John Wallis, an English mathematician, born at Ashford, Kent, Nov. 23, 1616, died Oct. 28, 1703. He was educated at Cambridge, took holy orders in 1640, and in 1641 became chaplain to Sir William Darley. When the civil war broke out he took the parliamentary side, and deciphered the intercepted letters of the royalists. In 1643 the sequestrated living of St. Gabriel, Fenchurch street, London, was given to him, and in 1644 he was appointed a secretary of the assembly of divines at Westminster, of the proceedings of which he wrote an account. He was among the first, who joined the meetings in 1645 which afterward gave rise to the royal society. In 1649 he was appointed Savilian professor of geometry at Oxford. He had a mathematical controversy with Hobbes, carried on by pamphlets from 1655 to 1663. In 1658 he became keeper of the university archives. After the restoration, which he favored, he was named one of the king's chaplains in ordinary. His Opera Mathematica were published in 3 vols. (Oxford, 1697 - '9); the most important of them is the Arithmetica Infinitorum, in which he foreshadowed the binomial theorem and the method of fluxions.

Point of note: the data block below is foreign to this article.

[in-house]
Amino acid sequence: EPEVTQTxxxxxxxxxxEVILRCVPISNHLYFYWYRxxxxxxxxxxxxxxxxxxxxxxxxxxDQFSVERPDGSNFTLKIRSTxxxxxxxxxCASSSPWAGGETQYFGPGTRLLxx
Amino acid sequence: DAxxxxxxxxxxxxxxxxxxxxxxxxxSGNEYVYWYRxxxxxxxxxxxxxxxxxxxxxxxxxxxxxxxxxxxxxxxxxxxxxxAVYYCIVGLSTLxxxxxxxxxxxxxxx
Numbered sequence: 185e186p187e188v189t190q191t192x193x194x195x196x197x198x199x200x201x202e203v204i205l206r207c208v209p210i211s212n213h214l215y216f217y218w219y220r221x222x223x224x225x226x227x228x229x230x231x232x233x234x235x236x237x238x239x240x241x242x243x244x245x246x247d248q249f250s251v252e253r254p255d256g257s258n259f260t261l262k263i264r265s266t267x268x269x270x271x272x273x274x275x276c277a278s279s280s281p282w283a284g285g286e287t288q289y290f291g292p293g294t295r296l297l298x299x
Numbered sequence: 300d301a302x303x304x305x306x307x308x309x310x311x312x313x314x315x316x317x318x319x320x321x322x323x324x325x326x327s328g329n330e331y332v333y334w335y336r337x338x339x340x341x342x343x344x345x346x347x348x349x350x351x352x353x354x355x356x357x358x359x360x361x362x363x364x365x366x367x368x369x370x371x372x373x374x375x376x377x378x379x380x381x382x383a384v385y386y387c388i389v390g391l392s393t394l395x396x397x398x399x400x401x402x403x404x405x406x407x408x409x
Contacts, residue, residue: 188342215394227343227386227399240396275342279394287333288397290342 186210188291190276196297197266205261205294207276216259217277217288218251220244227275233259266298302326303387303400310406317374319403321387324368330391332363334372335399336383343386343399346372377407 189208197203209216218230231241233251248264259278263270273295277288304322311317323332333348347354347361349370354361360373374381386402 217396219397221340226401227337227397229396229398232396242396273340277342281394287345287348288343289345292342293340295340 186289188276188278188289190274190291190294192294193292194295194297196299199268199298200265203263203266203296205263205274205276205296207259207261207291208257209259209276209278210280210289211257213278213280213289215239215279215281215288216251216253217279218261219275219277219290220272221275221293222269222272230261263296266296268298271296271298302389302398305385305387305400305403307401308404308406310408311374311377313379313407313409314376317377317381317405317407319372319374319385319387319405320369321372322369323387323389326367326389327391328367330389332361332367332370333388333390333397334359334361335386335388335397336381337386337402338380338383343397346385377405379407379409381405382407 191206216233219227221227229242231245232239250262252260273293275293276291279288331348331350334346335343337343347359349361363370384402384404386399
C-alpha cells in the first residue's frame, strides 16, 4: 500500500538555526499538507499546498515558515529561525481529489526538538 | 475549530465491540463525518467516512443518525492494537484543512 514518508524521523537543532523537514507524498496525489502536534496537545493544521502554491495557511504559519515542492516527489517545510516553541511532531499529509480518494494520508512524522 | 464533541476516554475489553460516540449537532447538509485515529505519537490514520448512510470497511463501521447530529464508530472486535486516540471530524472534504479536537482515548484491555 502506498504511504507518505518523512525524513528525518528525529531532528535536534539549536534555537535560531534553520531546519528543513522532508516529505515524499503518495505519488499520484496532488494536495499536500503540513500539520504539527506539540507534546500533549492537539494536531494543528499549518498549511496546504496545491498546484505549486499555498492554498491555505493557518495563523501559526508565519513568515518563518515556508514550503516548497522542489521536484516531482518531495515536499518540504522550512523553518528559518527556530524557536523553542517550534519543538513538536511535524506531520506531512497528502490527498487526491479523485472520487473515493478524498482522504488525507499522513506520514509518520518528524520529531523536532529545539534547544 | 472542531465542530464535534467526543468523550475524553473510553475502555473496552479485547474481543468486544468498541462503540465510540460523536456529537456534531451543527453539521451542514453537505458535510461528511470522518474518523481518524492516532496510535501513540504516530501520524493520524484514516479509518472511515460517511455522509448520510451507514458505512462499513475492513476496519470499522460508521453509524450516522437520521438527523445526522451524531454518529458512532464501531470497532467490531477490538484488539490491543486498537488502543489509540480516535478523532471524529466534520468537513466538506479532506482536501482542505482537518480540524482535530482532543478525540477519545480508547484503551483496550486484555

He wrote also Grammatica Linguoe Anglicanoe (1653), and Institutio Logical (1687).